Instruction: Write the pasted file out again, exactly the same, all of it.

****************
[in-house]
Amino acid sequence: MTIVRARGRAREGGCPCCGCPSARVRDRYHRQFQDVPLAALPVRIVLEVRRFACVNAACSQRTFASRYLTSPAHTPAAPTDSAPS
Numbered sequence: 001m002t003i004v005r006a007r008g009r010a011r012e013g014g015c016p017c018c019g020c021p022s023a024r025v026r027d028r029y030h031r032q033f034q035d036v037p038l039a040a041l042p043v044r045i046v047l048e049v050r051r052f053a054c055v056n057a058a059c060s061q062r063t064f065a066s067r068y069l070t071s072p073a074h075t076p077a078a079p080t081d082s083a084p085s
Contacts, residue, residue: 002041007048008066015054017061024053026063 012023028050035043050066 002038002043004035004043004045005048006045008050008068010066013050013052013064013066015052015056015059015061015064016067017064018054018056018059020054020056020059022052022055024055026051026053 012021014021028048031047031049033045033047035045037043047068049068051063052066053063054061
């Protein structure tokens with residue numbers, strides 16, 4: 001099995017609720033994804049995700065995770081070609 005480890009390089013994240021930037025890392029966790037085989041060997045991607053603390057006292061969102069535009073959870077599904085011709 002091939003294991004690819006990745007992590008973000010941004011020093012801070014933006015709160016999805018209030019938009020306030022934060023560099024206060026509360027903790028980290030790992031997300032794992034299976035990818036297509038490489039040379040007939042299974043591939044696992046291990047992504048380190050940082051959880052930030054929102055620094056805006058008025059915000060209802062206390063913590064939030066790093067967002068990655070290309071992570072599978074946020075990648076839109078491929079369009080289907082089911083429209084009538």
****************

[in-house]
Amino acid sequence: MTIVRARGRAREGGCPCCGCPSARVRDRYHRQFQDVPLAALPVRIVLEVRRFACVNAACSQRTFASRYLTSPAHTPAAPTDSAPS
Numbered sequence: 001m002t003i004v005r006a007r008g009r010a011r012e013g014g015c016p017c018c019g020c021p022s023a024r025v026r027d028r029y030h031r032q033f034q035d036v037p038l039a040a041l042p043v044r045i046v047l048e049v050r051r052f053a054c055v056n057a058a059c060s061q062r063t064f065a066s067r068y069l070t071s072p073a074h075t076p077a078a079p080t081d082s083a084p085s
Contacts, residue, residue: 002041007048008066015054017061024053026063 012023028050035043050066 002038002043004035004043004045005048006045008050008068010066013050013052013064013066015052015056015059015061015064016067017064018054018056018059020054020056020059022052022055024055026051026053 012021014021028048031047031049033045033047035045037043047068049068051063052066053063054061
């Protein structure tokens with residue numbers, strides 16, 4: 001099995017609720033994804049995700065995770081070609 005480890009390089013994240021930037025890392029966790037085989041060997045991607053603390057006292061969102069535009073959870077599904085011709 002091939003294991004690819006990745007992590008973000010941004011020093012801070014933006015709160016999805018209030019938009020306030022934060023560099024206060026509360027903790028980290030790992031997300032794992034299976035990818036297509038490489039040379040007939042299974043591939044696992046291990047992504048380190050940082051959880052930030054929102055620094056805006058008025059915000060209802062206390063913590064939030066790093067967002068990655070290309071992570072599978074946020075990648076839109078491929079369009080289907082089911083429209084009538």